Topping off the list was the Battle Hymn of the Republic. Glory! Glory! Hallelujah! My favorite. And, this time, there was an extra glimmer of anticipation. You see, we currently attend church with a congregation that is most colorful. Boasting a wide range of refugees, a group that comes in a van provided for those who need assistance, and young couples straight-outta-b-y-u, we are truly a motley bunch. When you're a member of a large social group, especially one of this caliber, you're gonna have a couple favorites, and I found my Number One on the Sunday preceding the fourth of July. Leopard-print clad, with glittering sequined high-heels and a broad headband worn Rambo-style over a hairstyle that can probably be best described as a Flat Top, I knew she was right for me at once. Pure Pulchritude. The line-up of hymns that Sunday included all the biggies: My Country Tis of Thee, America the Beautiful, and, of course, my precious Battle Hymn.
During the first two songs it was impossible not to notice that one voice stood out about the rest in our congregational canticle. Loud and strong and pleasingly off-pitch, it was so significantly greater in volume than the sum of the other hundred-plus voices that folks were craning their necks to find its source. I myself craned, I'll admit. Really, it was such a scene that to scan the crowd was perfectly appropriate. Not surprisingly, the songbird was my own true Flat Top.
Finally, the closing hymn: "Mine eyes have seen the glory of the coming of the Lord, He is trampling out the vintage where the grapes of wrath are stored...". It was positively deafening. I am of no timid voice, and, upon all I hold dear, I promise you I could not hear myself one little bit. I couldn't hear anyone else either, for that matter. Flat Top's truth was marching on. When we reached the refrain of the final verse she treated us with an impromptu descant. I cannot emphasize enough the emotional impact of her choice. I thought I would laugh, or cry, or die, maybe all three, but, oh my heaven, that clarion call was not one I'd soon forget. Glory Hallelujah. Yes Ma'am.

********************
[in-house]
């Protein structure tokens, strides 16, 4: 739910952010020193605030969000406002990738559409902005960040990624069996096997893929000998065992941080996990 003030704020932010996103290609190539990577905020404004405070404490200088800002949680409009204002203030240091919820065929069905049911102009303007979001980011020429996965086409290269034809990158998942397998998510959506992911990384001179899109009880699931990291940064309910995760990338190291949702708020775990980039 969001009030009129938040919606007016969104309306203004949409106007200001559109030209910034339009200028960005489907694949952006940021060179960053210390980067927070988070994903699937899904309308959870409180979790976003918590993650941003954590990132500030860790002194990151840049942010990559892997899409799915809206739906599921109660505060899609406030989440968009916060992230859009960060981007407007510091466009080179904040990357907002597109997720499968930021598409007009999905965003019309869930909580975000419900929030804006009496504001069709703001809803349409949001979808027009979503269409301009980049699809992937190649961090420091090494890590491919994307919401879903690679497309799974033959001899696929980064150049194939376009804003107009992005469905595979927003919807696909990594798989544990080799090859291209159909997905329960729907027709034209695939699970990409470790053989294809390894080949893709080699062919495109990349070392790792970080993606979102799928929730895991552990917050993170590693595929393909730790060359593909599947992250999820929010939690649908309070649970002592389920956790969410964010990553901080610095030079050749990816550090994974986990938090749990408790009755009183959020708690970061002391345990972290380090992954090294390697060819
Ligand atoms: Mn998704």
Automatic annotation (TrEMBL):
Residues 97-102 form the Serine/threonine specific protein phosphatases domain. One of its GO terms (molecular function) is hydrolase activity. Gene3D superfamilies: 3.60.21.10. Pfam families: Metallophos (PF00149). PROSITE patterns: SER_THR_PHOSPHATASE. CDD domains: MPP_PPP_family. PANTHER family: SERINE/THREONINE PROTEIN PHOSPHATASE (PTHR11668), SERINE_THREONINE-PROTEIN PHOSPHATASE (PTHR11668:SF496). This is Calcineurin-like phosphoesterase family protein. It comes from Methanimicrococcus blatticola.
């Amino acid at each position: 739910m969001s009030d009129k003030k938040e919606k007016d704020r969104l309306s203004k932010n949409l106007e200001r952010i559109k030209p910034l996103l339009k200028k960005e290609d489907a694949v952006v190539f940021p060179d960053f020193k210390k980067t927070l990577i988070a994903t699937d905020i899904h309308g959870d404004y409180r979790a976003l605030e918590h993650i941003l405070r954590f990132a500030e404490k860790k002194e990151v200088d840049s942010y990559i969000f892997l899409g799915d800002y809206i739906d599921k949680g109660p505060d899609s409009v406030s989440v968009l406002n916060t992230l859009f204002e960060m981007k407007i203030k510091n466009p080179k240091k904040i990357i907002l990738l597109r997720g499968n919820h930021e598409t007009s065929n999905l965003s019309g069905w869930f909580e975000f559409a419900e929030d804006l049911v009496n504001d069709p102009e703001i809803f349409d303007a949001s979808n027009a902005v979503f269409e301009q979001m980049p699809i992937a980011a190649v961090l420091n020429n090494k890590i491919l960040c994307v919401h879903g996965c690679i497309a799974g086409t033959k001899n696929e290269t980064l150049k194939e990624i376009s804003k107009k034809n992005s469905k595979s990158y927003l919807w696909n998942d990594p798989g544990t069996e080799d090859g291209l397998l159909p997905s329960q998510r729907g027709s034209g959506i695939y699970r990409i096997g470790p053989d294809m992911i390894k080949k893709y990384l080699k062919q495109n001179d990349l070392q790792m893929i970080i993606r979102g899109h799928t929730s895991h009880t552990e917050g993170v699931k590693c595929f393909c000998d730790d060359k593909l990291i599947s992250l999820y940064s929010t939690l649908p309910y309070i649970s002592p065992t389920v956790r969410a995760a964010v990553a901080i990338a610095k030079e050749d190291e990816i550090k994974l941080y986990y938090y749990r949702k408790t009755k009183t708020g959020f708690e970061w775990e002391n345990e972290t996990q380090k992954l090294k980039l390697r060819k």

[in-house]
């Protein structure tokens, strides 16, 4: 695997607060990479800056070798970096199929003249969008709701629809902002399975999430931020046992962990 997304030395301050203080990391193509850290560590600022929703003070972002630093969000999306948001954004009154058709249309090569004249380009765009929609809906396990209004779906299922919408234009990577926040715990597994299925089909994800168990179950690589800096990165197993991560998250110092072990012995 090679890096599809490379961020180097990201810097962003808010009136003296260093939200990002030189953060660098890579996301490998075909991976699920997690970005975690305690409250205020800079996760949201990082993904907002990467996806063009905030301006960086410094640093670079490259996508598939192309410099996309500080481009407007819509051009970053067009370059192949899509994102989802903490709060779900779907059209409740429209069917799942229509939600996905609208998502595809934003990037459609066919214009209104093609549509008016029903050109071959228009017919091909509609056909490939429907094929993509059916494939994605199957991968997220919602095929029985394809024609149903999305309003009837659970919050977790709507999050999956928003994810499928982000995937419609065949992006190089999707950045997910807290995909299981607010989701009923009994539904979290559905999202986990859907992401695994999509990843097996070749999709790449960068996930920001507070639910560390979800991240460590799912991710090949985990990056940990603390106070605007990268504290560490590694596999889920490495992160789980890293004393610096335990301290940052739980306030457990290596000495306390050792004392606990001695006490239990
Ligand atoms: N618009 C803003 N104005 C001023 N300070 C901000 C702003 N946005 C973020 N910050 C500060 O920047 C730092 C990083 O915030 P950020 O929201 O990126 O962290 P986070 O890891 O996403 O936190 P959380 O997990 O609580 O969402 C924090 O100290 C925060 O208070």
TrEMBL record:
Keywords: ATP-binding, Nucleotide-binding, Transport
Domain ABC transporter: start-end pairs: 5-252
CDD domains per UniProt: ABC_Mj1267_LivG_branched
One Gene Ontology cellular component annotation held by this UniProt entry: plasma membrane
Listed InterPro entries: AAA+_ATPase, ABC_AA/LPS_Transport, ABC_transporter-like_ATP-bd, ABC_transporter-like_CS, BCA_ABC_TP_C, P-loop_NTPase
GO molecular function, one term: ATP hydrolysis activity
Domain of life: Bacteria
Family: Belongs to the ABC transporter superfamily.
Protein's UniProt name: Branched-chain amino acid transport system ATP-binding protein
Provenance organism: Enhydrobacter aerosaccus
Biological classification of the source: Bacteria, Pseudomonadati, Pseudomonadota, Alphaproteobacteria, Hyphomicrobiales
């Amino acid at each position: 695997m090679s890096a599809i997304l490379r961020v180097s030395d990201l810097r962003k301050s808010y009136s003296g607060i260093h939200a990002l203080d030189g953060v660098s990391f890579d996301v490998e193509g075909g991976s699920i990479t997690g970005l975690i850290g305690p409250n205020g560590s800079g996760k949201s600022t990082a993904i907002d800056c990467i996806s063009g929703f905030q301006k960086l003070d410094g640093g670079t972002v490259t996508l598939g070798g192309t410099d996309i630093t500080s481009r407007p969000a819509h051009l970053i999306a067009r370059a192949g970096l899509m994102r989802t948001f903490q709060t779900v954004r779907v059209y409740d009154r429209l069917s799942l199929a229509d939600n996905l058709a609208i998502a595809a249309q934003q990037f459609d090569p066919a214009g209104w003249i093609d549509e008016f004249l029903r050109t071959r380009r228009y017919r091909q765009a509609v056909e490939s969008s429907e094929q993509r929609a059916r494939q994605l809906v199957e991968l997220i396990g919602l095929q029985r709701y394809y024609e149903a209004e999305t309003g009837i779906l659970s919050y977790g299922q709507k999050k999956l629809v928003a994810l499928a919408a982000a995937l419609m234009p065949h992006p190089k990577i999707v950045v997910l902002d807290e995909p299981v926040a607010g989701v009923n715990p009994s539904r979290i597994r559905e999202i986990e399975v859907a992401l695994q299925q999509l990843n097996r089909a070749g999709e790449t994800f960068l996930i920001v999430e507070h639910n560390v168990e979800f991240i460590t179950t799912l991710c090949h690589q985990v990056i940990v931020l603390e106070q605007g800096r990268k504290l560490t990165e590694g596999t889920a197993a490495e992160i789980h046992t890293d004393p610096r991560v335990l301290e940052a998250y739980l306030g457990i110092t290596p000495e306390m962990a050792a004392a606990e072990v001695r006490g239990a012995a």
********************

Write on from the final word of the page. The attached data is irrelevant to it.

When I saw the Battle Hymn on yesterday's line-up I knew the question on my mind was the same as on everybody else's: Would it be the same? Would she sing with full intent to deafen? Would Flat Top sing her descant?
She sure did, with all the fervor of the patriotic season. This time I didn't hold back. I laughed. I cried. It was transcendent. I hope that all veteran's present, in this life or beyond, felt duly thanked and, more importantly, celebrated.
I have had the very, very good fortune to think of something constructive and, dare I say, meaningful, to do with my time. Salt Lake City hosts a fabulous organization called the Rape Recovery Center and, thankfully, they have opportunities for volunteers. The only requirement for volunteers is participating in a 40 hour training which sounds onerous, but doesn't feel it. The center offers counseling services to sexual assault victims which probably, when defined generously, includes just about all of us. The first half of the training has been highly informative; the staff is impressive. Volunteers are able to answer calls on the crisis line, advocate for victims as part of a hospital response team, and assist with community outreach programs. I would be delighted to do any of these, but the hospital response team is really calling my name. I'll let you know.